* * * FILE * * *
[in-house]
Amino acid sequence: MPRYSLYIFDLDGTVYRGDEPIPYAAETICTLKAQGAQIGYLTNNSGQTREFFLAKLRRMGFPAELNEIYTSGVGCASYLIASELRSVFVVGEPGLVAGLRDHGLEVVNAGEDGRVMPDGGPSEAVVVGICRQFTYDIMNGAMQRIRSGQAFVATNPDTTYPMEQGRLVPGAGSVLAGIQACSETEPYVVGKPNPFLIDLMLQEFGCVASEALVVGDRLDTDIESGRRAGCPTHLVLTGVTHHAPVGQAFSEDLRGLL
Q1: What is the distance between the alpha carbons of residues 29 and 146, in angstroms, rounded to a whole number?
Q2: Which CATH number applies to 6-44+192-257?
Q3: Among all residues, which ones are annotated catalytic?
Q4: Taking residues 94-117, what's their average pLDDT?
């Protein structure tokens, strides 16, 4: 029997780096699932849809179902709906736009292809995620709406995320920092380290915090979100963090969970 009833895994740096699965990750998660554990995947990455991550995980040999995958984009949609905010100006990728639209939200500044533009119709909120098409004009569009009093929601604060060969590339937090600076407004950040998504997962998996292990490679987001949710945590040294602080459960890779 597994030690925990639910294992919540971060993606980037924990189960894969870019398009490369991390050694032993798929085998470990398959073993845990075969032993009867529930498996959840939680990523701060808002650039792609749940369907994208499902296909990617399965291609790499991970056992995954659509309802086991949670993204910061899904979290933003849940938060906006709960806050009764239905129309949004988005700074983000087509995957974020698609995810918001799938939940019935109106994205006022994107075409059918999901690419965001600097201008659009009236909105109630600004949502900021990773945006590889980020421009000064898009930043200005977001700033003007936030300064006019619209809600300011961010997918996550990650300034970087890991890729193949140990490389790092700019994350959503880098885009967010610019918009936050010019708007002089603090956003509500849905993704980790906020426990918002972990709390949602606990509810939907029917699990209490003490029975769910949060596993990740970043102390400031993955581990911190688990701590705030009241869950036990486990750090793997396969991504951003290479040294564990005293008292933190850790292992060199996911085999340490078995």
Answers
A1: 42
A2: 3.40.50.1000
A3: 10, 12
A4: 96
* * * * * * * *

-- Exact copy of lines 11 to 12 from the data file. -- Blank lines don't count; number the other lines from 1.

A3: 10, 12
A4: 96